What’s good for the goose is good for the gander. NFL quarterbacks can only play the schedule they’re given. Lock beat two feisty Division rivals, the eventual AFC South-champion Houston Texans, and a really bad Lions squad, while losing to the Kansas City Chiefs in one of the worst ‘conditions’ games the Broncos have played in the last decade.

In each of Lock’s four victories, he found different ways to win. That distinction is one of the reasons fans should be so excited about him.

2. Production 

Lock finished with 1,020 passing yards, a completion percentage of 64.1 and a TD-to-INT ratio of 7-to-3. Extrapolate those numbers over the course of an entire season and Lock was on pace to produce 3,264 passing yards, 22 touchdowns and about 10 picks.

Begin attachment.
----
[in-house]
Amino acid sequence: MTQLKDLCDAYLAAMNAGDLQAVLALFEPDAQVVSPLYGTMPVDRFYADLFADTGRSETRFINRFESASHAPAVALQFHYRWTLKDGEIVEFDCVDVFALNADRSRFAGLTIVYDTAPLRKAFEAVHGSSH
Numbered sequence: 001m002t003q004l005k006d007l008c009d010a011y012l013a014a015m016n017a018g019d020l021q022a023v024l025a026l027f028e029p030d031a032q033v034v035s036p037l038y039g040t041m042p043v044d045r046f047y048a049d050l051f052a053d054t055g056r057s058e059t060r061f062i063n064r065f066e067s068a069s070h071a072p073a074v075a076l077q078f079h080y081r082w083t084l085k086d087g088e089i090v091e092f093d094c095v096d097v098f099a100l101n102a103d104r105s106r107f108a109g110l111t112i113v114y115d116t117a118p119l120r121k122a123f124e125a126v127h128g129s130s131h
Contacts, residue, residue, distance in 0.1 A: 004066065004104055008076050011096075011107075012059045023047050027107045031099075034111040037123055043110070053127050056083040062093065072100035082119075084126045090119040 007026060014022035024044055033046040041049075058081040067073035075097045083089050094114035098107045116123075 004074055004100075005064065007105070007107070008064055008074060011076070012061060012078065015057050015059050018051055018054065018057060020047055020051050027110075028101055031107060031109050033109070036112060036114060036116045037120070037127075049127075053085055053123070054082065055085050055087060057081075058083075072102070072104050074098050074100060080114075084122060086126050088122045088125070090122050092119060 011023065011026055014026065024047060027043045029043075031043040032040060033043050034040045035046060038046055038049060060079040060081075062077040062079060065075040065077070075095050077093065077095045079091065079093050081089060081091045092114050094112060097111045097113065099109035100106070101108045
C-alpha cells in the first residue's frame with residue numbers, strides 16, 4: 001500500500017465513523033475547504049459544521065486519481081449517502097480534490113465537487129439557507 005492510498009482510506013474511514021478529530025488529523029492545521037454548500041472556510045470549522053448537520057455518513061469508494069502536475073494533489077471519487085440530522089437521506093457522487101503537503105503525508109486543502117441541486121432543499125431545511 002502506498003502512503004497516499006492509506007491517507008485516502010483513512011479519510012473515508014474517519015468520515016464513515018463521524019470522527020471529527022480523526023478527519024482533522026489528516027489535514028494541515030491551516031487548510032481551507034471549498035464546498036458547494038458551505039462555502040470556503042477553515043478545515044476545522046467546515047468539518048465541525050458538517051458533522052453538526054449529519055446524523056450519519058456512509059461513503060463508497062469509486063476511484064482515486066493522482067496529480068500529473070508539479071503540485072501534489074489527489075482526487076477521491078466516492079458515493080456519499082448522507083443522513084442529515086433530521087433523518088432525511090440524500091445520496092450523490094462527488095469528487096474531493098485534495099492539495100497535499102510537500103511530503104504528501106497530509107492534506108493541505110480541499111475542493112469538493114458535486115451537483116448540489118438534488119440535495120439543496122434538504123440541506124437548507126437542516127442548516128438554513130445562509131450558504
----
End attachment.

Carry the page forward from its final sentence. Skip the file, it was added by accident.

Transcendent numbers? No. More than solid for a rookie? You bet your hindquarters, especially in light of Lock playing for a first-time coordinator who was fired following the season, as well as a first-time quarterbacks coach.

With Pat Shurmur stepping in as offensive coordinator and Mike Shula as his new position coach, imagine what Lock could accomplish in Year 2, especially in the spread system, which, let's just say, is very comfortable for him.

3. Leadership 

One of the most pleasantly surprising aspects of Lock’s rookie debut was how quickly he commanded the respect of his teammates. For veterans, most rookies, even quarterbacks, are best seen not heard. Lock played that role while he was Joe Flacco’s backup and on injured reserve.